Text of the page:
# Probability to pass an exam, generalized competition problem

In an exam there are 10 questions. If you answer correctly to a question, you get $1$ point. If you answer incorrectly to a question, you get $-1$ point, or lose a point. If you don't answer to a question, you get $0$ point. You pass the exam if you get at least $7$ points.

A pupil read the questions and estimated that he can surely answer correctly to $6$ questions, and for the rest questions he estimated that he could answer correctly with independent probabilities $p_1,p_2,p_3,p_4$ with $0\leq p_1,p_2,p_3,p_4\leq 1,p_1p_2p_3p_4=p$. What kind of strategy he must choose to make sure he takes the optimal strategy to pass the exam with respect to numbers $p_1p_2p_3p_4$?

Is that problem solvable? I mean, I figured out the optimal strategy if a student answers correctly with probability $p$ to each of the four questions. This was in Finnish mathematical competition this year. But in this version one has to given that he answers correctly to four question with probability $p$.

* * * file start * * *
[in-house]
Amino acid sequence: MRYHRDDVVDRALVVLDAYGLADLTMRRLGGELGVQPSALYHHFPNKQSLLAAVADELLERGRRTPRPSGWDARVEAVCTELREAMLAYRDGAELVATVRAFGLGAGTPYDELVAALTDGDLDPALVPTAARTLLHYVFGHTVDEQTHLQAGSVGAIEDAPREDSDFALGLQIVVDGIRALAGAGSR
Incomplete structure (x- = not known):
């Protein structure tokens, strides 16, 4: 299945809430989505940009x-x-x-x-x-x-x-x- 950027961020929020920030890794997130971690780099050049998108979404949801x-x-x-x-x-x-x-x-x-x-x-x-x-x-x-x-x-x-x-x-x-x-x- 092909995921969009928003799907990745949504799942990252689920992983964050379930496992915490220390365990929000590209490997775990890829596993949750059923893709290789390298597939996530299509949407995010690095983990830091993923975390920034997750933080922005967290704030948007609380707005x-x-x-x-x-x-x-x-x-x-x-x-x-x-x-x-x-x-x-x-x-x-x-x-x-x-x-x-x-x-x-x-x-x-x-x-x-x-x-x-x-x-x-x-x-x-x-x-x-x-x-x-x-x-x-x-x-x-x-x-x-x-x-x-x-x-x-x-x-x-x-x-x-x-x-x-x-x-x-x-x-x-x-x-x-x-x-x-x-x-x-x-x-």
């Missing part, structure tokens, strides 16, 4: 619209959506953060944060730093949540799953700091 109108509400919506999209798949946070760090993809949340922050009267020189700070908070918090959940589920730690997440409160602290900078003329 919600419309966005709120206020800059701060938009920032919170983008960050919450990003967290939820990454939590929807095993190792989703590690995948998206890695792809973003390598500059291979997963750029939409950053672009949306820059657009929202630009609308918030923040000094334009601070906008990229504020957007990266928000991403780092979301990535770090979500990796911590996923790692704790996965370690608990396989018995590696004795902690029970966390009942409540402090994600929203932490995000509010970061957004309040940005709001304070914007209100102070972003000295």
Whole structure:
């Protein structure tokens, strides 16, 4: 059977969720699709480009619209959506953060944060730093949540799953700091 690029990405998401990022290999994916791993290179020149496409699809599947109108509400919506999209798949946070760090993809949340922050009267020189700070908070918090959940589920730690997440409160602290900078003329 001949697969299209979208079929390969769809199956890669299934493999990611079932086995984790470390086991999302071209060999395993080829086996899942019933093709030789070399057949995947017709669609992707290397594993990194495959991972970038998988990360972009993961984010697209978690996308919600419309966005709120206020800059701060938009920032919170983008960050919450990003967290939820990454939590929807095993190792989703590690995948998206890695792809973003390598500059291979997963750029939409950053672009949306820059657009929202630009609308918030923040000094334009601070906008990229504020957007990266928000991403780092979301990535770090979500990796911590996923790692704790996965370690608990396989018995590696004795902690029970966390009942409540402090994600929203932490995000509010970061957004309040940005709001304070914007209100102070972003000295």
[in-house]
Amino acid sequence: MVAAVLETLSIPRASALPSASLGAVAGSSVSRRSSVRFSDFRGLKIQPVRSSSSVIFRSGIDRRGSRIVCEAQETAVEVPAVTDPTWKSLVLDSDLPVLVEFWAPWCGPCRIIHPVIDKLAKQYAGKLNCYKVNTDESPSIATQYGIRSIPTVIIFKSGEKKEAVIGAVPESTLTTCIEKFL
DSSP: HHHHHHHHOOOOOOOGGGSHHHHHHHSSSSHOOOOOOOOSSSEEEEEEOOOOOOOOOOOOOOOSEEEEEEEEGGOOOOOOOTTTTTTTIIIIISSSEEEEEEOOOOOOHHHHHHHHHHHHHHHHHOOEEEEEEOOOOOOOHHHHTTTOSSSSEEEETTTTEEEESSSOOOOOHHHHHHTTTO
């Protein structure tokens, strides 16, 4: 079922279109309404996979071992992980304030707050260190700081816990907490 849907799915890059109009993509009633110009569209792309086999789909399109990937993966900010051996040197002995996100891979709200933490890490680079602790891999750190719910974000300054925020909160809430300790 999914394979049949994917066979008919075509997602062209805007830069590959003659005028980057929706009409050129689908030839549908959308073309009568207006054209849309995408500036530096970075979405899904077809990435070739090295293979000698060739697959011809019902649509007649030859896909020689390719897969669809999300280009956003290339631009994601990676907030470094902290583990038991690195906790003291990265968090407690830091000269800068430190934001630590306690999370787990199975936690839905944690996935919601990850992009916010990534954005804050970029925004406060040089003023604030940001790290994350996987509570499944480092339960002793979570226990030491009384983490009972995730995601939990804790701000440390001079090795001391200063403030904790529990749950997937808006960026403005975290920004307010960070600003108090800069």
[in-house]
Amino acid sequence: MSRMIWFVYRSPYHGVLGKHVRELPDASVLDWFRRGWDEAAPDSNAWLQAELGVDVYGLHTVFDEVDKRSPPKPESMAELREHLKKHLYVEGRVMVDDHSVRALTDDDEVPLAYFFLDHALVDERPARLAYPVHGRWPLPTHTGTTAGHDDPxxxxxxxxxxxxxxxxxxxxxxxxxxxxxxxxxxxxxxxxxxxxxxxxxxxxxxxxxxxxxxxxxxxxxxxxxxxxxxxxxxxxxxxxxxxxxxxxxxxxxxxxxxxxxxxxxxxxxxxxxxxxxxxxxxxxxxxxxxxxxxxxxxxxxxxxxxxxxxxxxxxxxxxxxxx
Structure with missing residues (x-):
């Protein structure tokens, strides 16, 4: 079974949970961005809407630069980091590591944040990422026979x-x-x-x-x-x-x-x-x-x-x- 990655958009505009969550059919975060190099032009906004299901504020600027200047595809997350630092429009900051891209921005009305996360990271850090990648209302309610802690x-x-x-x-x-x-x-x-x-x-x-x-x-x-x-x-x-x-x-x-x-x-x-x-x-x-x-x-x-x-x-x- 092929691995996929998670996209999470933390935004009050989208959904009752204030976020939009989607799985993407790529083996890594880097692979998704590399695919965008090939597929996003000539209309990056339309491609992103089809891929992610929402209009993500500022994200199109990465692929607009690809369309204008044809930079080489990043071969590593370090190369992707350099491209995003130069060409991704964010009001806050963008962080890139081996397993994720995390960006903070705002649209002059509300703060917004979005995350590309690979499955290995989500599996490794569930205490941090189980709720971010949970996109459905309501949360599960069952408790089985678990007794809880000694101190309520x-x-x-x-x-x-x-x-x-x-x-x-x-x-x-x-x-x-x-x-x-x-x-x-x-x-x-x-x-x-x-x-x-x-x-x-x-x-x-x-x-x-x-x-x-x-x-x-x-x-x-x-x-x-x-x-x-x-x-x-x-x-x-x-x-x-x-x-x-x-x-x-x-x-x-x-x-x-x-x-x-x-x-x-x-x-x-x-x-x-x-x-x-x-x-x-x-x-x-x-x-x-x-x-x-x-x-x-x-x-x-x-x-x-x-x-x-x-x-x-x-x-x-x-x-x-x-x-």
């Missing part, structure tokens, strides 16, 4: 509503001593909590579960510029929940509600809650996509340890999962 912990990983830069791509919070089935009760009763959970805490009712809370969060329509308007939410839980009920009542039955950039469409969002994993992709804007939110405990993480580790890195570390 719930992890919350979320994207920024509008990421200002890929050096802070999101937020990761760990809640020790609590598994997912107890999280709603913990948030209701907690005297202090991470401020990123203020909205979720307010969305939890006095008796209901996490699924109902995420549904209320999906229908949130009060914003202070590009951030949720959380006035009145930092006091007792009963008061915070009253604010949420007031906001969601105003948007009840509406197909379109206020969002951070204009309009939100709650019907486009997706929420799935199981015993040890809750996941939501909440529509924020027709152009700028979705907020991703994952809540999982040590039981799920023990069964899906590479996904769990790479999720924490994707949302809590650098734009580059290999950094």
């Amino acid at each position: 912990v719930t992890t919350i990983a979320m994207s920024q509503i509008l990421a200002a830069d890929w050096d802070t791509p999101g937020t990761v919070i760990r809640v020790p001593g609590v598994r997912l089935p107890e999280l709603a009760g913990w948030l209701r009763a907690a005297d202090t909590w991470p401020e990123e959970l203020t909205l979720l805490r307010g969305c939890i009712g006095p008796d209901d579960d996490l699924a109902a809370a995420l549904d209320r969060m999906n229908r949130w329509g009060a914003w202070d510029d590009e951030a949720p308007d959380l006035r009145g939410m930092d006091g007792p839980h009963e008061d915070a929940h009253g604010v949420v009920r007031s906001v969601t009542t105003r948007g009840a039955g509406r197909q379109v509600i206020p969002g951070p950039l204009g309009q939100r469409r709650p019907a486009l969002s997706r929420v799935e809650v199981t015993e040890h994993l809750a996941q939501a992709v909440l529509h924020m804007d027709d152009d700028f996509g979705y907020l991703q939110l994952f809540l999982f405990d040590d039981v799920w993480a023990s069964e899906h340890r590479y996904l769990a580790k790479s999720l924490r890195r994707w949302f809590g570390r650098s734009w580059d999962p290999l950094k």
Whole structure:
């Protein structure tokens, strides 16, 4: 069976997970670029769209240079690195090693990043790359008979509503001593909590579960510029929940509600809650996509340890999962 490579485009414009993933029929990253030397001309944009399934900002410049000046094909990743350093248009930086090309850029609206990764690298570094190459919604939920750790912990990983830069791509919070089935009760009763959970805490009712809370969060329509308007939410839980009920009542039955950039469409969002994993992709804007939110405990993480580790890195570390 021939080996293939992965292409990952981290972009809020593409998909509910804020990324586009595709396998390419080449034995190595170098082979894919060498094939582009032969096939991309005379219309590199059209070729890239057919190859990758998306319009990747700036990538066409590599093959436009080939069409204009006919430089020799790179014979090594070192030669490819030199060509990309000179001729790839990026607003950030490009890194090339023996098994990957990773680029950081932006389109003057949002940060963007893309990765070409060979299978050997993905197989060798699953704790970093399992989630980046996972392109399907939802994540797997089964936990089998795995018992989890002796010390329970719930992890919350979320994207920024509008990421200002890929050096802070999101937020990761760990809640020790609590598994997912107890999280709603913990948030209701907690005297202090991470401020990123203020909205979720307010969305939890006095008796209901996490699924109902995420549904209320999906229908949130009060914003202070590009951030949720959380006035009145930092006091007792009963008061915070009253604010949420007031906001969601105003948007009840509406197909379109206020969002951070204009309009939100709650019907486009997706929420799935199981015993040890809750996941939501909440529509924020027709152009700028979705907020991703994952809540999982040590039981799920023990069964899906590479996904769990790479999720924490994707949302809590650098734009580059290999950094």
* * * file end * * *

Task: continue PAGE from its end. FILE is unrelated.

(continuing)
• Means do you want an exact nerical value?? – Archis Welankar Dec 14 '15 at 13:53
• So all we know is that if said pupil answers all 10 questions, he will have 10 correct answers with probability $p$ and less then 10 correct answers with probability $1-p$? – Abstraction Dec 14 '15 at 13:54
• Perhaps you mean that each of the remaining four questions can be answered correctly with probability $p$? (independent of any of the others) Thus, should he just attempt one, he'll pass the test with probability $p$? – lulu Dec 14 '15 at 13:55